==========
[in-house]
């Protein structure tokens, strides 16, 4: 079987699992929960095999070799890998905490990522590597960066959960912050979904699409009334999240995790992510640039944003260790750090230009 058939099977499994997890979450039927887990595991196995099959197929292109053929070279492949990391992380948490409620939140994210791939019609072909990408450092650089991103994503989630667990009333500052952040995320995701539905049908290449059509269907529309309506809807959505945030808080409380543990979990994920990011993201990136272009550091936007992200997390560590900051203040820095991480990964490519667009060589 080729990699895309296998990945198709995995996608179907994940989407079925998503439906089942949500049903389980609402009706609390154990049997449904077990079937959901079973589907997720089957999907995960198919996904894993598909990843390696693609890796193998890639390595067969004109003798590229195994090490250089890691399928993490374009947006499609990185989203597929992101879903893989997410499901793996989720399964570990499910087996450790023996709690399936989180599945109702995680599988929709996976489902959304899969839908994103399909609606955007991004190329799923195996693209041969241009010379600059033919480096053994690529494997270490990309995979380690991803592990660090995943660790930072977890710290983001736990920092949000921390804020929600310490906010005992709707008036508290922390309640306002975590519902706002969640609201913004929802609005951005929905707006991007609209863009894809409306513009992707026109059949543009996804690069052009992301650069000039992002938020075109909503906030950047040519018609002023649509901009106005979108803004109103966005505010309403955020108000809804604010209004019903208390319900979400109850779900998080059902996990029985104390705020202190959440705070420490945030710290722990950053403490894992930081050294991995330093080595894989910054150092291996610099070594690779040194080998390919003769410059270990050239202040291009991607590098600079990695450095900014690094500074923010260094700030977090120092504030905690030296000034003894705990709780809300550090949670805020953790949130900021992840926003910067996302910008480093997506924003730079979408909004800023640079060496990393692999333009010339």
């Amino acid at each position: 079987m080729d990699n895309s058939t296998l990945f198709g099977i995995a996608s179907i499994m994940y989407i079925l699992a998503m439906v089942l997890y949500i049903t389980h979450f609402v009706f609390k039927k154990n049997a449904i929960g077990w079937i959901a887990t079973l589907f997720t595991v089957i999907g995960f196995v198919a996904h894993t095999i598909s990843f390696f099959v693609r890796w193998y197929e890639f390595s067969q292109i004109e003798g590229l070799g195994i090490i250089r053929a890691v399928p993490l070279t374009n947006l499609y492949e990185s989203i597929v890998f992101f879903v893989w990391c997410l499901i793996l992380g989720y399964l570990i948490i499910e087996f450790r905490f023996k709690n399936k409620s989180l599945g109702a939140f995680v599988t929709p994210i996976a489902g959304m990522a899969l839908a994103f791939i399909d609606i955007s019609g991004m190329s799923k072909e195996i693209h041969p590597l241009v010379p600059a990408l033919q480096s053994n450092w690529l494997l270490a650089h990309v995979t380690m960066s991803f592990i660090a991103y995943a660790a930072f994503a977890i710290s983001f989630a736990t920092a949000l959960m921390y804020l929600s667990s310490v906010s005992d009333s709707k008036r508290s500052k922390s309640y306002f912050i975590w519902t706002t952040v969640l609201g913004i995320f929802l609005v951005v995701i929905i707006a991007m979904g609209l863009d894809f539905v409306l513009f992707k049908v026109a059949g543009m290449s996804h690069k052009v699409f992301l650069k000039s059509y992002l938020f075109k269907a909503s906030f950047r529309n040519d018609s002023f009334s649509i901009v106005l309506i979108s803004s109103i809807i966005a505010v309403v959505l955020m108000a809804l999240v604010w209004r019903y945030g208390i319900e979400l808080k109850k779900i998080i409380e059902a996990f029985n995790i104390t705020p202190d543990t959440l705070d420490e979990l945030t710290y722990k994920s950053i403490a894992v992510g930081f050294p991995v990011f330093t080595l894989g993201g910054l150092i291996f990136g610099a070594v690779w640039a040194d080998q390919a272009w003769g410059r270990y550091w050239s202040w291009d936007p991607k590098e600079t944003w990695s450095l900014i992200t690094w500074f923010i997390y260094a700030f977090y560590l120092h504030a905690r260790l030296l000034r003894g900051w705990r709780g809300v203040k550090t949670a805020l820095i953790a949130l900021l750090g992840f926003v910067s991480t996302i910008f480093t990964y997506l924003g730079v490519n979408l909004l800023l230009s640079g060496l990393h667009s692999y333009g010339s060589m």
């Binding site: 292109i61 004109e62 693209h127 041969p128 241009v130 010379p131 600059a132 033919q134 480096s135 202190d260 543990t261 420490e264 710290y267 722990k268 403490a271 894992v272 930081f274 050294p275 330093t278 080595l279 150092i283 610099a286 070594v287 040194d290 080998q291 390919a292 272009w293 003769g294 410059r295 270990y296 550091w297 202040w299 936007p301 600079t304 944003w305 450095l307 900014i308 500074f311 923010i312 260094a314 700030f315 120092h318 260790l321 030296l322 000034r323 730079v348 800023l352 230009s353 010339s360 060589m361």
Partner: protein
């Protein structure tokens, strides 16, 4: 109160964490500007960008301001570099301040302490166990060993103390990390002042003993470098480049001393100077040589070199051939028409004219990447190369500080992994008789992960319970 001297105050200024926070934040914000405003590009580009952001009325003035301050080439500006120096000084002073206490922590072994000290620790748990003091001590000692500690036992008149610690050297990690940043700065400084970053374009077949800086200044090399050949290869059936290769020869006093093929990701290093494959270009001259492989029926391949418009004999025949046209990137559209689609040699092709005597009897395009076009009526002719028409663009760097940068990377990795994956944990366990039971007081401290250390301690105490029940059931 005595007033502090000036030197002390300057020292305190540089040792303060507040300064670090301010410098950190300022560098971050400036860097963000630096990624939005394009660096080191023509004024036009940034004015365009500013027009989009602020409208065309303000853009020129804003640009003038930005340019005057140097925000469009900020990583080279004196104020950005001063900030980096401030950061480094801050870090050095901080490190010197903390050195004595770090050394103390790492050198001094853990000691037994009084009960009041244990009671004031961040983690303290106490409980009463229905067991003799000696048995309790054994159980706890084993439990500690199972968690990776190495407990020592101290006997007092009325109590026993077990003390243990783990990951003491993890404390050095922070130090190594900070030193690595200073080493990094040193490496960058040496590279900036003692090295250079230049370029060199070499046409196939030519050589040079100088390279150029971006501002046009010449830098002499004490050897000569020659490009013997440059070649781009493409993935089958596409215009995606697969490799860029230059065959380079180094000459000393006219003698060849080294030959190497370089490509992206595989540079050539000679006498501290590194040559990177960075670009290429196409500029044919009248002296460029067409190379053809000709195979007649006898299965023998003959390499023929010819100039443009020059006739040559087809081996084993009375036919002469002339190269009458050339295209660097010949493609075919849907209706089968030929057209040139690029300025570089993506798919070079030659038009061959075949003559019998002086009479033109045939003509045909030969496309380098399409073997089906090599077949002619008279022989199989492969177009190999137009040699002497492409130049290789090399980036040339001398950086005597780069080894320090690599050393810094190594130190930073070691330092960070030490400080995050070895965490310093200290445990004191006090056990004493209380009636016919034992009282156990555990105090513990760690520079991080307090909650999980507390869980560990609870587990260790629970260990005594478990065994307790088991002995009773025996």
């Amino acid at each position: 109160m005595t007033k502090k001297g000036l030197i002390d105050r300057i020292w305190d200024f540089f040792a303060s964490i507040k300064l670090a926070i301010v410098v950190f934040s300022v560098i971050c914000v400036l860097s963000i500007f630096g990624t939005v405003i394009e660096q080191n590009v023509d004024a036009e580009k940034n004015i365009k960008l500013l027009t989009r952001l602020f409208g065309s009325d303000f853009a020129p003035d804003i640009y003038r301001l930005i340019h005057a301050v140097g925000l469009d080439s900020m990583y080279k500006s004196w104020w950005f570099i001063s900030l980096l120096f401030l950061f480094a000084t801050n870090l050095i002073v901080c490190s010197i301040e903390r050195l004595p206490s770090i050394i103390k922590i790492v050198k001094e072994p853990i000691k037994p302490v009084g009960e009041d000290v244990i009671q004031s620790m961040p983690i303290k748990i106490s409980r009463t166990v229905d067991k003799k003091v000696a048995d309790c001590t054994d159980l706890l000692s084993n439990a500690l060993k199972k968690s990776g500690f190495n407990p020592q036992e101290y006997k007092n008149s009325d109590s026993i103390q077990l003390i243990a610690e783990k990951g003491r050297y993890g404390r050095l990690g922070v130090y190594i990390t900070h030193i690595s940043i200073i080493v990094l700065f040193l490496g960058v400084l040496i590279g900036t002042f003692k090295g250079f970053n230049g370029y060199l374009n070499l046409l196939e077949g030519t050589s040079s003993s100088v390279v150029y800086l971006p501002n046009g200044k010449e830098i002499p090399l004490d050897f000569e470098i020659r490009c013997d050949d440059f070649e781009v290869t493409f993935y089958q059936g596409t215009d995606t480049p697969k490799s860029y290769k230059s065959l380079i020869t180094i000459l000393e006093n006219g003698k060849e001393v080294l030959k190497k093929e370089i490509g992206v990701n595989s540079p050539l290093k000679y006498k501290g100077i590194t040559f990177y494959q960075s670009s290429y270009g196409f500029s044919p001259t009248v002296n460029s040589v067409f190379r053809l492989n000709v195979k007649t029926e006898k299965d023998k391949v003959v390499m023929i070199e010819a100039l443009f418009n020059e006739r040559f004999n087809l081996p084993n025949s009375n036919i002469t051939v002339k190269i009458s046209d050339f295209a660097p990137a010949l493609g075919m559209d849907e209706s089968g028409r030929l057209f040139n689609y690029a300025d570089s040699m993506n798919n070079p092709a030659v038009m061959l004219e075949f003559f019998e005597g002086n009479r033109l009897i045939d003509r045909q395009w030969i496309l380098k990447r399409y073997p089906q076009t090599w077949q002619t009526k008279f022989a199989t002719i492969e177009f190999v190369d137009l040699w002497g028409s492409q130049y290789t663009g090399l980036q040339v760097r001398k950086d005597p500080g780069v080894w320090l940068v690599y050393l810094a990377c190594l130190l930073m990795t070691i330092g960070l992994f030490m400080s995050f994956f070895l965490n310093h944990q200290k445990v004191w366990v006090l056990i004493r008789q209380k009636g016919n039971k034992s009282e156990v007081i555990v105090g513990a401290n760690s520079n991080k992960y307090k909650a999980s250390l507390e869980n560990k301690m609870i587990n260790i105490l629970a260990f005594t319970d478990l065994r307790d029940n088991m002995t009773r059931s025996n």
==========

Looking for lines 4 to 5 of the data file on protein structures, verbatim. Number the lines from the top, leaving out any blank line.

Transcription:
């Binding site: 292109i61 004109e62 693209h127 041969p128 241009v130 010379p131 600059a132 033919q134 480096s135 202190d260 543990t261 420490e264 710290y267 722990k268 403490a271 894992v272 930081f274 050294p275 330093t278 080595l279 150092i283 610099a286 070594v287 040194d290 080998q291 390919a292 272009w293 003769g294 410059r295 270990y296 550091w297 202040w299 936007p301 600079t304 944003w305 450095l307 900014i308 500074f311 923010i312 260094a314 700030f315 120092h318 260790l321 030296l322 000034r323 730079v348 800023l352 230009s353 010339s360 060589m361």
Partner: protein